A cinerary urn depicting the fight between the sons of Oedipus: Eteocles and Polynices

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During the Hellenistic period, great numbers of terracotta funerary urns decorated with polychrome work were produced in the workshops of Chiusi to be used to hold the ashes of the deceased owner after cremation. This example, of which only the cask remains, would have been closed with a rectangular lid. On this, a reclining figure, an image of the deceased owner, would have been carved. The only decoration of this container, its front surface of the container illustrates an episode from the Theban legend: the combat of the Eteocles and Polynices, the sons of Oedipus, who were enemies and killed each other in the presence of two Furies.

This terracotta urn decorated with polychrome work is typical of the funerary memorials produced in the workshops of central Etruria, in the second century BC. The Etruscans, who both inhumed and cremated their dead until the end of the Hellenistic period, were renowned for producing this type of memorial from the late fourth century BC. The shape and iconography of these cinerary urns are quite conventional: the container is usually decorated with a mythological scene executed in high relief, while the deceased is shown on the lid, half stretched out, in the traditional pose of a guest at a banquet. In some examples, such as this one, the name of the deceased man or can be found in a painted inscription. Here, it is on the lower are of the container.

The reliefs on the containers were often inspired by Greek legends. These legends had long been familiar in the oral tradition thanks to epics, tragedy, and depictions in painting, sculpture, and the lesser arts. Craftsmen were partial to dramatic themes, such as the Seven against Thebes, the life of Orestes, the Trojan myths, and Greek spirits, such as Charon and the Furies.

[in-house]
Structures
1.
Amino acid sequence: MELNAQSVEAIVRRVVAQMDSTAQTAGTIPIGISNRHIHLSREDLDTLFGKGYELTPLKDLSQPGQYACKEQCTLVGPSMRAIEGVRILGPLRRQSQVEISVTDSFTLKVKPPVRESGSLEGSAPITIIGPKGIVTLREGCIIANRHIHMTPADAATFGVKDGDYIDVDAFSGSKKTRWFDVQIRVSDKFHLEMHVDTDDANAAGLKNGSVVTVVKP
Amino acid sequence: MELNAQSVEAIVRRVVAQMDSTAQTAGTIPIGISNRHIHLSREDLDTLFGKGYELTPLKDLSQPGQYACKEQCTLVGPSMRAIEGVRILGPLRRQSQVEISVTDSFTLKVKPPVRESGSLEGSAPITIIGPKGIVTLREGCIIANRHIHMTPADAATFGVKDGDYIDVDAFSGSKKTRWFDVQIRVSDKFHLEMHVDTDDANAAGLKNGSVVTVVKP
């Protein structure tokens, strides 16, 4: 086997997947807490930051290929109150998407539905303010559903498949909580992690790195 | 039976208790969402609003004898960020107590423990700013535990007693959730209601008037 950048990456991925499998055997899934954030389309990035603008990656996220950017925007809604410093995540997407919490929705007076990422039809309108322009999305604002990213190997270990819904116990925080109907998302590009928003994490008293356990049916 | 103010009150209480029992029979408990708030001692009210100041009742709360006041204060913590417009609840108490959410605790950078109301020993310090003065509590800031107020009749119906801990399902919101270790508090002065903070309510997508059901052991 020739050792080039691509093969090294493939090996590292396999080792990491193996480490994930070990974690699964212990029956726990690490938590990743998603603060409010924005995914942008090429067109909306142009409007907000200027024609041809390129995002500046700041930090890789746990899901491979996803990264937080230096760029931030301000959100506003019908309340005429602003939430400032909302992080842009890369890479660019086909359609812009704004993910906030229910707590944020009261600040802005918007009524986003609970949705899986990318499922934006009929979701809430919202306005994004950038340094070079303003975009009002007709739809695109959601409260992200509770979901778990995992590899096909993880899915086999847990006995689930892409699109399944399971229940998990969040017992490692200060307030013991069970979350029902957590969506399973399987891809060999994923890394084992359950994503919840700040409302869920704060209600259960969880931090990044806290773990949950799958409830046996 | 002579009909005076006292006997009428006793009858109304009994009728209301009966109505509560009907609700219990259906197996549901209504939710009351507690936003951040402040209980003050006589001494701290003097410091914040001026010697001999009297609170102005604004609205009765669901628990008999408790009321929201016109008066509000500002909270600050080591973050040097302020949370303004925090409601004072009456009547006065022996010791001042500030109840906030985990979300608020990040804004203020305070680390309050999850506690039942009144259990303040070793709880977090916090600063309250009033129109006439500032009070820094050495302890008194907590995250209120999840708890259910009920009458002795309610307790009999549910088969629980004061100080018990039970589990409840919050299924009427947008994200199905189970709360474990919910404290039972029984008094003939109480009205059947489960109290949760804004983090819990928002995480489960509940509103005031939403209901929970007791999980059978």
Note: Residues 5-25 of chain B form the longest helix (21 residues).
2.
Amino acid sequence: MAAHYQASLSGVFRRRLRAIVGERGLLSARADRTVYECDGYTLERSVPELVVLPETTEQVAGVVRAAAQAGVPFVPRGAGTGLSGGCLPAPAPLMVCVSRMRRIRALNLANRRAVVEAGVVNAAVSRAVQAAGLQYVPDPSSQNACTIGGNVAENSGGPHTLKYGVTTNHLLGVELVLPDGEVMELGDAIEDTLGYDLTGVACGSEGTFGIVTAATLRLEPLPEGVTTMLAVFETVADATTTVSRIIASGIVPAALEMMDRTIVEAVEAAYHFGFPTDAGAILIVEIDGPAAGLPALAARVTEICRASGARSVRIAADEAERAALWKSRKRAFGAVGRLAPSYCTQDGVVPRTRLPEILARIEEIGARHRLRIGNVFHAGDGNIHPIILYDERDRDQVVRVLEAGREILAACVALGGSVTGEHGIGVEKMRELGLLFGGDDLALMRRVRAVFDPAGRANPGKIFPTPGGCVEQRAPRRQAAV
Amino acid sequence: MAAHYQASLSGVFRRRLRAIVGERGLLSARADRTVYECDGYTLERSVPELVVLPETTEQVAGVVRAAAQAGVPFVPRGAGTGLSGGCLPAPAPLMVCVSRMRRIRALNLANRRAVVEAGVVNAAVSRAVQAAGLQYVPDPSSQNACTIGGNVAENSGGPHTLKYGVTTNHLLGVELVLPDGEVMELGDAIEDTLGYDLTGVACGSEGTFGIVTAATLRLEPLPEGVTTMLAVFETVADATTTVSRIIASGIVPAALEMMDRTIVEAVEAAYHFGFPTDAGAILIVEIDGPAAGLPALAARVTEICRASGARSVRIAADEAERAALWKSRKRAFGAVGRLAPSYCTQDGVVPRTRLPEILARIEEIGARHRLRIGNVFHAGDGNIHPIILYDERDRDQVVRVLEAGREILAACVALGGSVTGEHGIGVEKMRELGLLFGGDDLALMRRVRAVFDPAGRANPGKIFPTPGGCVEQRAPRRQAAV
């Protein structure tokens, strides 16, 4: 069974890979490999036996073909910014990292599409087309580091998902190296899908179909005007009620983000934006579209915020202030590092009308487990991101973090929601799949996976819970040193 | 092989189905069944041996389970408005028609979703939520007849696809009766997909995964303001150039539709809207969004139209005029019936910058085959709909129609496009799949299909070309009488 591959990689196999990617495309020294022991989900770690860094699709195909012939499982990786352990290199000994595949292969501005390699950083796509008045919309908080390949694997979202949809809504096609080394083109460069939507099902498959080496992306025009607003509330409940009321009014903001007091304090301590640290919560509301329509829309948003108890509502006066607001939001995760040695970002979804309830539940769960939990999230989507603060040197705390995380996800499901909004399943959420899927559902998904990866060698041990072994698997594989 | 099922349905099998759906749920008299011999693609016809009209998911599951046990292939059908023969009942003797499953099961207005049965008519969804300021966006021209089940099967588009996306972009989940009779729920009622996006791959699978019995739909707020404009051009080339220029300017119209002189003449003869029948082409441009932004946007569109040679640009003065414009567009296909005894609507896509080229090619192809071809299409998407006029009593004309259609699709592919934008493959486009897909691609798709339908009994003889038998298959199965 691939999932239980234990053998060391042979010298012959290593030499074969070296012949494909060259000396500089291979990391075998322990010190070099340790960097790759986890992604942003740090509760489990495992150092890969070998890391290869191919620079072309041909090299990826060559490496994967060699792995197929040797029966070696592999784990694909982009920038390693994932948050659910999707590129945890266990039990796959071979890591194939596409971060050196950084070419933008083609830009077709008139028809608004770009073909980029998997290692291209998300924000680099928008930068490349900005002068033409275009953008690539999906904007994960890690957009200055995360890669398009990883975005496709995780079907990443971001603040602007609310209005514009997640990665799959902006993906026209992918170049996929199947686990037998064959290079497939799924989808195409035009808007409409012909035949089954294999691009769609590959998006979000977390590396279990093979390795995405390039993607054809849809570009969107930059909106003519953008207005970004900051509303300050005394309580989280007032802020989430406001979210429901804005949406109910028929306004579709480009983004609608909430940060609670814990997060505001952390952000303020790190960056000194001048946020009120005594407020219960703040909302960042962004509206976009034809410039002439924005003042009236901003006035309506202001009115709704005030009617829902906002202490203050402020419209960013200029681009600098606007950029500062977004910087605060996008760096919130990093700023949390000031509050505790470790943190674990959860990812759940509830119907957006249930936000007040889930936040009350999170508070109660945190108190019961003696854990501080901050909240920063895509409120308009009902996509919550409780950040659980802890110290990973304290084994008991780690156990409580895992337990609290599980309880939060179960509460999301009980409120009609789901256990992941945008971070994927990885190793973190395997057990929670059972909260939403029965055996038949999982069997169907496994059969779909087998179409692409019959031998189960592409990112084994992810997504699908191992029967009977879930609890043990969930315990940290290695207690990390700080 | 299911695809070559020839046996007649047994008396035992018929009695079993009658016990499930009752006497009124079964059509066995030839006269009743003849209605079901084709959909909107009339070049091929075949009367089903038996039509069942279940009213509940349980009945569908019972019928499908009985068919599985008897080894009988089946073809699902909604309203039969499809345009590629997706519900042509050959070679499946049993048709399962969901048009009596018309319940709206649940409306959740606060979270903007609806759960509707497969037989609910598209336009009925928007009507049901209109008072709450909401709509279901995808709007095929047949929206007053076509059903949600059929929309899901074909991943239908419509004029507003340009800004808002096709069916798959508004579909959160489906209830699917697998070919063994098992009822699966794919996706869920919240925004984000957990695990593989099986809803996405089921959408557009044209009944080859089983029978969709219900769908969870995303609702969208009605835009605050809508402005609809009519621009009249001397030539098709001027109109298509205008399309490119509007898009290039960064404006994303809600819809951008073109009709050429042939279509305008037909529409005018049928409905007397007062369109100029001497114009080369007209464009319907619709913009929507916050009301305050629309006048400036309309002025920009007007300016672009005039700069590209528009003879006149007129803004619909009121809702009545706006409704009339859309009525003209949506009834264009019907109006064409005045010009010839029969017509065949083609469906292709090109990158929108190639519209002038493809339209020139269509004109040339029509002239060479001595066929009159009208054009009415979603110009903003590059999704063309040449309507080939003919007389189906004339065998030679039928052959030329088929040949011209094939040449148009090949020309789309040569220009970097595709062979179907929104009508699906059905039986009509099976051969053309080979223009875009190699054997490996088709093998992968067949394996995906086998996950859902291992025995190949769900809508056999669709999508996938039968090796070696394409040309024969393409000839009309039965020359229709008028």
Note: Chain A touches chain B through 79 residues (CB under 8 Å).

The episode depicted on this urn forms part of the Theban legend and features frequently on terracotta urns from Chiusi. Eteocles and Polynices, sons of Oedipus and enemies, fight for possession of the throne in a terrible struggle that proves fatal for both brothers. They are goaded on by Furies on each side, each one carrying a burning torch, as if presaging the imminent death of the young princes. The subject was clearly extremely popular with the Etruscans of Chiuasi, particularly the tragedies of the 5th century BC. The scene is sometimes interpreted as a legendary, almost historical episode from Etrusco-Roman past; rather than being the duel between Eteocles and Polynices, some people see it as the struggle of Arruns, son of Lucius Tarquinius Priscus (Tarquin the Elder) and the Roman consul Brutus. However, there is little evidence to support this hypothesis.

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